A blog by runners. For runners.

How to deal with the mean voice in your head

don't let the negativity takeoverAs runners we are constantly critical of – and in competition with – ourselves, and it can easily lead to negative, unproductive self-talk.

Those demons in your head can take a toll on your motivation, and as a result, your performance – which can lead to you being more self-critical. Here are some tips for battling that little voice in your head when you’re feeling down or frustrated:

Call yourself by your name
You’ve probably heard the advice before to treat yourself like you would a friend – because we would never be as harsh on our friends as we tend to be on ourselves. But this is obviously not very natural, and as a result, can be easy to forget. A good hack is to talk to yourself by using your own name instead of “I”. In a study that placed participants in a highly stressful situation and instructed them to use one of these two kinds of self-talk, the people that used “I” were shown to be defeatist, panicked, and self-critical. On the other hand, people who used their own names were “more likely to give themselves support and advice, saying things like, ‘Ethan, you can do this.’ These people sounded more rational, and less emotional.” It’s a lot easier to trick yourself into thinking you’re talking to someone else when you use a name.

Remember your only competition is you
Runners don’t typically run to beat other people. Even in a race, the most enjoyable thing is often not beating others, but beating yourself. This is what makes running such a wonderful cultural group to be part of, but it is also what leads to that negative self-talk if we don’t perform as well as we would like. It’s good to remember that nobody cares if you ran a little bit slower today – except yourself. In fact, if you told somebody else your results, I bet they’d say “good for you for getting out there today!”, and not “you could have done that two minutes faster”. The good thing about setting your own standards is you can also lower them. Remember running is a practice, and not every run has to be a big win. Take smaller steps by making your running goals more achievable, and you’ll be much happier overall.

Practice meditation
Meditation is the practice of learning to be present in the moment. Even though it seems counterintuitive to spend time inside your own head when you’re battling with self-critical thoughts, meditation can help you switch off areas of the brain associated with wandering thoughts and anxiety. By meditating regularly, you can learn to focus on what you need, and filter out what you don’t need. This makes you more rational and more resilient. In fact, it has been shown that 12 minutes a day of meditation makes U.S. Marines more resilient in war zones. (Related Meditation for runners)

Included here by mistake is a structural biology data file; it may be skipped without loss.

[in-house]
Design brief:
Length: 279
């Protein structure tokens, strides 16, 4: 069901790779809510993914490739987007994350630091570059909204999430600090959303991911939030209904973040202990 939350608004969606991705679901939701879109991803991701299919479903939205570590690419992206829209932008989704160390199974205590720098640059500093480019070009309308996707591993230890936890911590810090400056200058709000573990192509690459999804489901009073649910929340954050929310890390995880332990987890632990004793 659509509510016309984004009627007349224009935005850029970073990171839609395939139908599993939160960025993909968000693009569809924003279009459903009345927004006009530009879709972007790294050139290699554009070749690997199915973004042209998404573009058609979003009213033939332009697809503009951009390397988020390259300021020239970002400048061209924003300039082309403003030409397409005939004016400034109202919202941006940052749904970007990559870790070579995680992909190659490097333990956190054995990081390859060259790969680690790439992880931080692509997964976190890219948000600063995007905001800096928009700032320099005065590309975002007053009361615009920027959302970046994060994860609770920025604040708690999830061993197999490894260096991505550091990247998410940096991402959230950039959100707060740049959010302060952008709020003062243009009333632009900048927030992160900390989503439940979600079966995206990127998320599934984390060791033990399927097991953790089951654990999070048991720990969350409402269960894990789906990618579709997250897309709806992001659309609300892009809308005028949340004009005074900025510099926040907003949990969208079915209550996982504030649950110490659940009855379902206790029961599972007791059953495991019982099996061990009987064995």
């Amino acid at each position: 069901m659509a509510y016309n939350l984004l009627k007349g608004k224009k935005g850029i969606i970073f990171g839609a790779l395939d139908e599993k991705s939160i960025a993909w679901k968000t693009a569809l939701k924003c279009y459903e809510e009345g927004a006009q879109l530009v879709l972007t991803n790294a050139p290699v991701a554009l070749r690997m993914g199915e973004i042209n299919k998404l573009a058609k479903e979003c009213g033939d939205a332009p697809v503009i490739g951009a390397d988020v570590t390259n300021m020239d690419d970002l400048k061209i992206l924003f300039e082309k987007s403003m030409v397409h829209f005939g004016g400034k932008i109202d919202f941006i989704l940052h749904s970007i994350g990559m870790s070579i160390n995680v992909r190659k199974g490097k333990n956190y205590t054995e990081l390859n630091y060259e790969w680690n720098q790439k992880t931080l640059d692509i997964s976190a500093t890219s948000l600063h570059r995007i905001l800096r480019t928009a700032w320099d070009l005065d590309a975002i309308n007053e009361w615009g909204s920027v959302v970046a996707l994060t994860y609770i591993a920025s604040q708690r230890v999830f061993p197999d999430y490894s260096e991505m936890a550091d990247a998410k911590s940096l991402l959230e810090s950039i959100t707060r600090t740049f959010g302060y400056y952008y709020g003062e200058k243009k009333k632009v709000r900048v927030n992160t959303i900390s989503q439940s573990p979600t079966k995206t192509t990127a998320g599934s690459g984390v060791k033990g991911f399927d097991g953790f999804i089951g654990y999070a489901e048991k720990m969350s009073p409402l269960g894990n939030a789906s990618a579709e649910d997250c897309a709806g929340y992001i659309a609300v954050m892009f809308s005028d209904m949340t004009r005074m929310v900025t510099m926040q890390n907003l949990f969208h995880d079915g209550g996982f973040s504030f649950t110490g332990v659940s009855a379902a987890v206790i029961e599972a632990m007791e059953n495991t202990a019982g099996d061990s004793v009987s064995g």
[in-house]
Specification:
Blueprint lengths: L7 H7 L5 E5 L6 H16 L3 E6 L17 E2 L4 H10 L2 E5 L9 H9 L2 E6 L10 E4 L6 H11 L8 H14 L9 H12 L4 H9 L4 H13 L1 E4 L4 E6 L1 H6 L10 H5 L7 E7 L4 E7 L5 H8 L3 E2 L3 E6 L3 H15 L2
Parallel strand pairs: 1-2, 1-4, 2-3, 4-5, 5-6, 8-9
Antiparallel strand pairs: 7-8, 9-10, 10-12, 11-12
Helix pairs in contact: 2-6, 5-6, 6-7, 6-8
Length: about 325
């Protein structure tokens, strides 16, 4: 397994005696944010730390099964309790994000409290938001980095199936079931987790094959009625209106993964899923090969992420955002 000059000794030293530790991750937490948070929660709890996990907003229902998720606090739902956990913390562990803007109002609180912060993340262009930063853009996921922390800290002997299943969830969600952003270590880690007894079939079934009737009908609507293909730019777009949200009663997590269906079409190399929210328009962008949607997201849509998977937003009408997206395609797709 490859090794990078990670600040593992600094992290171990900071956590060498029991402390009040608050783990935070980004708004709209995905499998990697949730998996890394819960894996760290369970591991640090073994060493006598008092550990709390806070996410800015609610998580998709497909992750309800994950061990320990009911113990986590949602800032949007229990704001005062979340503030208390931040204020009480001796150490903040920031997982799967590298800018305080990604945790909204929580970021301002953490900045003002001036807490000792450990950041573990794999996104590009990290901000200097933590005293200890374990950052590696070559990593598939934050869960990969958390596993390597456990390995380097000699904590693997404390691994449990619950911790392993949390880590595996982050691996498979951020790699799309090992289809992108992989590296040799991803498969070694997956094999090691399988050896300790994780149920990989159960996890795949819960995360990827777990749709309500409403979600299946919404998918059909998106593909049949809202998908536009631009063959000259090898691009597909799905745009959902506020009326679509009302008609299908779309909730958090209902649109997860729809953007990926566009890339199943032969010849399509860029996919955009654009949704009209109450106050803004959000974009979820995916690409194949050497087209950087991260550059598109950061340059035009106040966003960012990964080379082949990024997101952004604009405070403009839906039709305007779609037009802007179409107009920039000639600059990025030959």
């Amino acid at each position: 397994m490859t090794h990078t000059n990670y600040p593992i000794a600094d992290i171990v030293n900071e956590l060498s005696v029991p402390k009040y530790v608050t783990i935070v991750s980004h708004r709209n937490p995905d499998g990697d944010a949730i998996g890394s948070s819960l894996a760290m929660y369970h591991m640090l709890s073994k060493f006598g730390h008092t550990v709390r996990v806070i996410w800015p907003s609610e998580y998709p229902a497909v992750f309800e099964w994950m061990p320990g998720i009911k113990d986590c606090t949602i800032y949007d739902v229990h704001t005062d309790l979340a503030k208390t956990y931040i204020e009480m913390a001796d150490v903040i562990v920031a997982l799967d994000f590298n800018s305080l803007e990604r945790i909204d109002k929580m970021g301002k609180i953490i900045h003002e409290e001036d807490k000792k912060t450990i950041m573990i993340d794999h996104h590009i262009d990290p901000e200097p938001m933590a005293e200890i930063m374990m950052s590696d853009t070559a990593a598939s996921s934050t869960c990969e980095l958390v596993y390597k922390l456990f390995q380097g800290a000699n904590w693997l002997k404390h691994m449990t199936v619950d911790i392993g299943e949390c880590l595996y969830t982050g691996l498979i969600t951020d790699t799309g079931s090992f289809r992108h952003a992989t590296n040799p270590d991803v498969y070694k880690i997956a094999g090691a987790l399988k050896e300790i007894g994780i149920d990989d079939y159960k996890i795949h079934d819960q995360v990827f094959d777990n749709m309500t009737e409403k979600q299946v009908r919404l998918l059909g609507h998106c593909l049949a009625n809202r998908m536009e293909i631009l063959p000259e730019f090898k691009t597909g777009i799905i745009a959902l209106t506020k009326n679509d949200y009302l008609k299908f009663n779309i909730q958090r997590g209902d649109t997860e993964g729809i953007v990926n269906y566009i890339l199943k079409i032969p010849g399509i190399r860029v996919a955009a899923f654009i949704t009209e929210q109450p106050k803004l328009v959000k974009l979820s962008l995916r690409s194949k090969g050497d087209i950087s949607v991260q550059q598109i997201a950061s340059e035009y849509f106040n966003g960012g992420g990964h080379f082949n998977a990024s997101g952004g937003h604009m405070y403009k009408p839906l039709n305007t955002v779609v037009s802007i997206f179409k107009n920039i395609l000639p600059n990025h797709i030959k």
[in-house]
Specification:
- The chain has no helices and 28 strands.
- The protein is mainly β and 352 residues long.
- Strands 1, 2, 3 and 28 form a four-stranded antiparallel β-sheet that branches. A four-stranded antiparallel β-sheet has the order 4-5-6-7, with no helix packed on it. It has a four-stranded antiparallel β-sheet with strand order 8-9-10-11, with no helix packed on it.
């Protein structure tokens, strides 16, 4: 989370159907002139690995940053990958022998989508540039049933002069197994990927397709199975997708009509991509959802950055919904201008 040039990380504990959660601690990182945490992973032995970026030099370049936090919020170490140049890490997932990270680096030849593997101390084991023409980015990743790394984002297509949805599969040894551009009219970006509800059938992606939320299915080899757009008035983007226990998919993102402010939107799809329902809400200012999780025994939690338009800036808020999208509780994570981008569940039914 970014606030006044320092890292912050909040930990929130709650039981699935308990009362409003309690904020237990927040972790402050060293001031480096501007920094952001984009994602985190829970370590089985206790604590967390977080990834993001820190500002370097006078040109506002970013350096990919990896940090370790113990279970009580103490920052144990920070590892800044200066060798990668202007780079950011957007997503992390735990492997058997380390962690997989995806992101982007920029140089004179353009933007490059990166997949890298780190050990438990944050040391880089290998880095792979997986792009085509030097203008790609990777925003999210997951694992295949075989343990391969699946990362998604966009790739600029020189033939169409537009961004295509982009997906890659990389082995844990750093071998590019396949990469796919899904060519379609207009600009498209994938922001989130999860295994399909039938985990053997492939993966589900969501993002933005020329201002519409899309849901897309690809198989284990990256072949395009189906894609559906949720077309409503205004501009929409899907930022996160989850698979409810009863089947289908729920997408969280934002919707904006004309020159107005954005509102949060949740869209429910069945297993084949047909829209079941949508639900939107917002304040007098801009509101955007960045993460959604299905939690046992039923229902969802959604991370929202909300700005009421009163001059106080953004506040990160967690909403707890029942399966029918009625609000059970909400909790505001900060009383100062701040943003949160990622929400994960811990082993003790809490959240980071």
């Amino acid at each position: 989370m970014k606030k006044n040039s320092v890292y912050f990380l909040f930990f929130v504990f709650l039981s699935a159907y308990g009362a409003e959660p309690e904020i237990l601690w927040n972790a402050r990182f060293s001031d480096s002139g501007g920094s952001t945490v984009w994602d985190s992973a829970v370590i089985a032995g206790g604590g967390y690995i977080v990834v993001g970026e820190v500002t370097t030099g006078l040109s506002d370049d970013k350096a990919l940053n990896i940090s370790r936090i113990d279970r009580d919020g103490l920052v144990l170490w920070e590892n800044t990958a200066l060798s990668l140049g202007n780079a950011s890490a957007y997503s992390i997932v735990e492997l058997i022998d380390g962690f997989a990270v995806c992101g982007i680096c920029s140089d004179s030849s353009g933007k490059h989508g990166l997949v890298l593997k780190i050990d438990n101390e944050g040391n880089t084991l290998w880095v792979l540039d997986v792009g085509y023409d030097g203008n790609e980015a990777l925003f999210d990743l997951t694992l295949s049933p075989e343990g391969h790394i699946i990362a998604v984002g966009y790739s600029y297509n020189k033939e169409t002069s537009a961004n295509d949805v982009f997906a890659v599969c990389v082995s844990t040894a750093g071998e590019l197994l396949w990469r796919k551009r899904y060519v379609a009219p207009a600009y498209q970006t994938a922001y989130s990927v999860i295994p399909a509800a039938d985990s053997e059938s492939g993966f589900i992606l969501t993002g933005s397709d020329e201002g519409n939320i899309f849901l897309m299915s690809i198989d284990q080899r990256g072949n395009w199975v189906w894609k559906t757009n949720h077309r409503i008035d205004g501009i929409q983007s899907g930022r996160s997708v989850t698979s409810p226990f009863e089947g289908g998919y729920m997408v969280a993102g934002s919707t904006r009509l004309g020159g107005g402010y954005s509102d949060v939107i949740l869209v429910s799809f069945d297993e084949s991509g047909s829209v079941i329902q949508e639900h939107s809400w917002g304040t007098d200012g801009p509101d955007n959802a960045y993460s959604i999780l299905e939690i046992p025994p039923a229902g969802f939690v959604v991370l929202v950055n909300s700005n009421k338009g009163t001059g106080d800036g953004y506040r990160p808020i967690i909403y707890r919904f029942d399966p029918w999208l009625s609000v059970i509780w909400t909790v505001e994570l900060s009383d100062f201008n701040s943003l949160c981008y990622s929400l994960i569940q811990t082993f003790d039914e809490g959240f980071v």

Get some sleep
There are many health issues associated with not getting enough sleep so it should come as no surprise that sleep deprivation can lead to heightened self-criticism. Just one night of disrupted sleep lowers the threshold for “stress perception”, which increases your odds of feeling overly sensitive, including to your own shortcomings. On the other hand, sleeping for 7 to 8 hours a night is linked to greater optimism and higher self-esteem.

Run with a newbie
This tip is perhaps not as noble as the others, but it works pretty damn well to give yourself a little ego boost: go for a run with someone who’s less experienced than you. Obviously, keep any and all smugness and self-satisfaction to yourself and be supportive on the outside – but notice how good it feels to be the expert – the one that tires less easily or is simply more comfortable in the movement.

Run with a pro
It can sometimes be surprisingly beneficial to run with somebody way out of your league – think an Ironman or Ultramarathon runner or anyone else you look up to or think you could never surpass. These people tend to be not only warm and supportive towards less experienced runners, but also extremely candid about their own challenges, struggles, and tips for overcoming self-doubt. And if nothing else, it’s very entertaining to run with them and listen to their stories. You can usually find them in your local running club or Meetup group.

Everyone struggles with self-doubt, and runners are no exception. But while it’s very normal, it should never be crippling to your training and self-esteem. So try to be a little bit kinder to yourself, and you will find it will improve both your running enjoyment and your performance.

Written by Varia Makagonova.

 

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